Gamification as an Adoption Strategy

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The 2015 Fall Adventure begins now! I’m sitting here in Honolulu at the airport, on a 3-hour layover on my way to Auckland, New Zealand to participate in the Digital Workplace Conference, and thought I’d provide a quick recap to my webinar this week with fellow MVP Jussi Mori (@JussiMori), co-founder and managing director of Peaches Industries, based in Zurich. Jussi and I have presented together a few times over the years, including an invitation out to his former user group in Helsinki, which was a grand adventure for me back in my Axceler days. This week’s presentation was really just an update on a topic that the two of us have worked on for years, entitled The Power of Enterprise Social and Gamification to Boost User Adoption, and was part of the Beezy expert webinar series. Our slides are below:

 

If you missed the webinar, you can also find the recording here.

Gamification is a topic that has been around for some time, but few companies really understand what it is, where it fits into their overall intranet/extranet strategies, and what makes a gamification strategy successful. While Jussi does a great job of defining what it is and the science behind it, I tend to put it in the perspective of a SharePoint or Office 365 deployment – gamification is about driving adoption and engagement within your platform. One of the fundamental problems with most information management platforms, whether it is SharePoint or Box or Jive or a home-grown intranet, is getting end users to use the platform. Most organizations measure adoption by tracking log ins and maybe one or two other simple metrics, and then are confused to hear that people do not see value in the platform. Adoption is not just about the occasional login and document upload, but has more to do with engagement: actively using the platform to conduct business workloads. For example: how often did they login? How long did they stay logged in? What content did they read? How many people did they interact with? Which workflows and applications did they utilize? This is just a sampling of the kinds of activities that you will need to measure to even begin to understand whether your end users are engaged on your platform – all data points missed if all you’re doing is counting the number of times a person logged in.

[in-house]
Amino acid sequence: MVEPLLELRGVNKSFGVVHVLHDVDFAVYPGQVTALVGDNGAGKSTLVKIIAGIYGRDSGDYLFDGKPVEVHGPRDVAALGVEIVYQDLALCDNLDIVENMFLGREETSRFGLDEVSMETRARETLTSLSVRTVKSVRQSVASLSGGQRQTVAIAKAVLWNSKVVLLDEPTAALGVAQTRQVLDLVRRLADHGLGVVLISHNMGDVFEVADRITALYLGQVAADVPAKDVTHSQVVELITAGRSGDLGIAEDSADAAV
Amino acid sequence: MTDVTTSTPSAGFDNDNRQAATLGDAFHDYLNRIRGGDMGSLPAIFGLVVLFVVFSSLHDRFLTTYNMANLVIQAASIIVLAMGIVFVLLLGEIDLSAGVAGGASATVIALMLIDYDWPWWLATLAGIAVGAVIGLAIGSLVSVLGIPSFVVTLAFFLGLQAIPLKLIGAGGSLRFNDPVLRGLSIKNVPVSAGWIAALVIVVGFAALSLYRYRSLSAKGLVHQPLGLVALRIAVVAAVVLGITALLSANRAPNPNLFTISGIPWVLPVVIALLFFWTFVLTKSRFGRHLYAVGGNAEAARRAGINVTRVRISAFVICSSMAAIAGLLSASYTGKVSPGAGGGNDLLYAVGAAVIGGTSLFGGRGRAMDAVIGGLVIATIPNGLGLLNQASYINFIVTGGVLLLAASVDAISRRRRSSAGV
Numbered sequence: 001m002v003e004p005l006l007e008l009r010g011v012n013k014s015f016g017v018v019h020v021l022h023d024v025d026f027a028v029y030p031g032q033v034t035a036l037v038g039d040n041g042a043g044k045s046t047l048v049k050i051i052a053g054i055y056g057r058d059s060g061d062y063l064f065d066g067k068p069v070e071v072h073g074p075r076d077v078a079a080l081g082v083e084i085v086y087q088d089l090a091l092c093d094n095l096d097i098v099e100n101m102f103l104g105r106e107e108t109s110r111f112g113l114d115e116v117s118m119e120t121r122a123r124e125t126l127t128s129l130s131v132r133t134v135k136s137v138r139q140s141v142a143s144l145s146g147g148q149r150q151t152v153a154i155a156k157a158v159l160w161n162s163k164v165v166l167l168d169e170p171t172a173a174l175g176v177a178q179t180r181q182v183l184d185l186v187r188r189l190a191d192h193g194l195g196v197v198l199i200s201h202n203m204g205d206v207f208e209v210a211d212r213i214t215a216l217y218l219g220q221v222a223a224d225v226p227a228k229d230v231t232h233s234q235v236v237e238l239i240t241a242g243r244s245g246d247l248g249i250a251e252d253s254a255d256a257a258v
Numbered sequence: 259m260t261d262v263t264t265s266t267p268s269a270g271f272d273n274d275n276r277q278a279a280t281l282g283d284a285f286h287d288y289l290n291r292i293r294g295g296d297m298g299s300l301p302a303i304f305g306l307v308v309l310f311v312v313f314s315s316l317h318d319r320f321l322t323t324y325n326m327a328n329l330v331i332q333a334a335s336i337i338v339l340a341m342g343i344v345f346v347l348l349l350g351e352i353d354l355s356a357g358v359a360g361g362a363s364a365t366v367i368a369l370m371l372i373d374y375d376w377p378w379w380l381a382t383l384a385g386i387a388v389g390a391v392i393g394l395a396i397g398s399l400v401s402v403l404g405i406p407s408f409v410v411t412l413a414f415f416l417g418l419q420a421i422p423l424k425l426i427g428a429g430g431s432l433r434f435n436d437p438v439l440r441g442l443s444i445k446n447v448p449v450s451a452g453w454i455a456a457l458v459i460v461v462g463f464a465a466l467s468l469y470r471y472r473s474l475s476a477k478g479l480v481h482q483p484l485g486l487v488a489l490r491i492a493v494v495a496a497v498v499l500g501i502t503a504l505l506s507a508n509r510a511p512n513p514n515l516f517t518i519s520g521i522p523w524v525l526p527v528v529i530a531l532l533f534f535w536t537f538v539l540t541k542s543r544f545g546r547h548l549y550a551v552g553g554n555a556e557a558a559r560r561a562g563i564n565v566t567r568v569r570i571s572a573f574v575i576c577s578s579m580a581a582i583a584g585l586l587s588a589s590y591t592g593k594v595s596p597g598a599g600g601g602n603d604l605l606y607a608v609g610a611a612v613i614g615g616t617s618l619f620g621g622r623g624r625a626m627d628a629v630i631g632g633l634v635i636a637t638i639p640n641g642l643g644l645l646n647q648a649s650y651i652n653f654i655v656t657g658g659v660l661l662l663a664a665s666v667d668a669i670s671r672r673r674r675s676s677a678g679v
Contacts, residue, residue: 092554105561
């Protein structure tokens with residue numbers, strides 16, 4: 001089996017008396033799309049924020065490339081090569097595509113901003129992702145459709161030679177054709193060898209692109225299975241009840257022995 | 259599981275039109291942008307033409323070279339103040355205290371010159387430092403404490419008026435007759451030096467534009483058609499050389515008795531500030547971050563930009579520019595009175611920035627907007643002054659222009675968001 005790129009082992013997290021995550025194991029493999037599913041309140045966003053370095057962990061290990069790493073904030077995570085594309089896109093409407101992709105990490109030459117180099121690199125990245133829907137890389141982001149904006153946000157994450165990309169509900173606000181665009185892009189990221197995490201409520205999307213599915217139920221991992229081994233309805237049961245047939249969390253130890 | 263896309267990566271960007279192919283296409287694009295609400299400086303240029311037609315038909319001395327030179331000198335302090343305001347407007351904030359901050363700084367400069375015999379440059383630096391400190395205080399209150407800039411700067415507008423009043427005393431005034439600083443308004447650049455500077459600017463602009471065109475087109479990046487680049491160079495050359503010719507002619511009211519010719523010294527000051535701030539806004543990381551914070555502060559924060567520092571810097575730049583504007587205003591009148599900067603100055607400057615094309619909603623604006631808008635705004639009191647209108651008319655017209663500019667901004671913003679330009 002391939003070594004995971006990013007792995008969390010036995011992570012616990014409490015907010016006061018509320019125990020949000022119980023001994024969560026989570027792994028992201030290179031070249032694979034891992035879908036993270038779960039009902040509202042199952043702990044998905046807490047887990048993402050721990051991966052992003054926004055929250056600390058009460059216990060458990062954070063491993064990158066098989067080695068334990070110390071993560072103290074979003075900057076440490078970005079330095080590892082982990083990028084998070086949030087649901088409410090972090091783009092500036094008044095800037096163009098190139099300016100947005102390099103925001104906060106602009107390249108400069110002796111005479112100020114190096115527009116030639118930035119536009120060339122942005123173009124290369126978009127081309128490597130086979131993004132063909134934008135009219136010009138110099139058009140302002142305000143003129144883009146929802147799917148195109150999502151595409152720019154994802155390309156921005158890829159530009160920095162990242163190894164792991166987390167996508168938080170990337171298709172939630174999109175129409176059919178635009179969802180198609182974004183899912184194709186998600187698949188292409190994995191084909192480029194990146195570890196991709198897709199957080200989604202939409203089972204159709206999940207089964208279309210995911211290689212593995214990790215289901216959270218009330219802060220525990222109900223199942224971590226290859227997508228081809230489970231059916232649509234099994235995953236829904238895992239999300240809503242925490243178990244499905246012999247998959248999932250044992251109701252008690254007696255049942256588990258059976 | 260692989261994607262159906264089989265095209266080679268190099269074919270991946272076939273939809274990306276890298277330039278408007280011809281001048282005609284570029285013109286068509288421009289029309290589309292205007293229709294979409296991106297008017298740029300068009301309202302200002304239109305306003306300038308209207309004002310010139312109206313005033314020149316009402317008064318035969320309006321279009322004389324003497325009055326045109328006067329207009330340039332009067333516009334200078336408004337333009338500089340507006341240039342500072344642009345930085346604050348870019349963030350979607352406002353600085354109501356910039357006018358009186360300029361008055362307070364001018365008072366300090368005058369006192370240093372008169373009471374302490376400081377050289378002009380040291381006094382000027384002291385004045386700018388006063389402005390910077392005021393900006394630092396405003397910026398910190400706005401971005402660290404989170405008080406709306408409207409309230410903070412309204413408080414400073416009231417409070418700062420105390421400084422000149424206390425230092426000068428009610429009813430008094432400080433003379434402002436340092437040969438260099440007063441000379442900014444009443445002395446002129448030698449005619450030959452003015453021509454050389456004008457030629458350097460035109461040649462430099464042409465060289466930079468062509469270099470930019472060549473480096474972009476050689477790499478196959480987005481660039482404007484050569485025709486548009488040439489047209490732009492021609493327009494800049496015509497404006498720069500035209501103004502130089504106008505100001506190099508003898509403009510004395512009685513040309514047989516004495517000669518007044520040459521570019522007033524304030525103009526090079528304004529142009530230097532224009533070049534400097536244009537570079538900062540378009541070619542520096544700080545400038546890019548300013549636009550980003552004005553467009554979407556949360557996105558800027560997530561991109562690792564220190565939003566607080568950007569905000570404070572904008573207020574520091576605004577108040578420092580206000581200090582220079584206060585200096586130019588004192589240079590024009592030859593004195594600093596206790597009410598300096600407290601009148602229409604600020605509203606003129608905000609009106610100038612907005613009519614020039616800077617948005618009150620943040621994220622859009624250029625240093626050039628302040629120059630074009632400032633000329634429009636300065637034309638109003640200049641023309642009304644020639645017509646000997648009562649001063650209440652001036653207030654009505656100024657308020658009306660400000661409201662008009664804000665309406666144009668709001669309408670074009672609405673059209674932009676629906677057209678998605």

imageMy point here is not about capturing metrics alone, but that you will never recognize the value out of your SharePoint investments if people do not use the platform. Far too many deployments are nothing more than expensive, glorified file shares. Gamification is about enhancing the user experience, shaping end user behavior, so that they will become more engaged. And not just logged in more often – but doing the right business activities within the platform. In our webinar, Jussi talked about the social layer – which is a huge aspect of gamification – and the game layer. Most people who have heard the term ‘gamification’ are probably aware of tools such as badges, ratings, polls, and the like, all of which fall under the gamification banner. People focus on the tools used, and miss the bulk of what makes a gamification strategy successful: having a plan.

Jussi shares a few guiding principles and pointers for building out your plan, including a review of the 8 core motivations that drive participation in a system, and the four phases of end user adoption – and how gamification can influence at each phase. Rather than detail his content here, I encourage you to take a look at the slides – and to watch the webinar recording. If end user adoption and engagement is one of your concerns, there’s some great information here that may be able to help you improve your SharePoint strategy and improve the value of your platform.

Christian Buckley

Christian is a Microsoft Regional Director and Office Apps & Services MVP, and the Founder & CEO of CollabTalk LLC, an independent research and technical marketing services firm based in Lehi, Utah, through which he provides fractional-CMO for partners in the Microsoft ecosystem.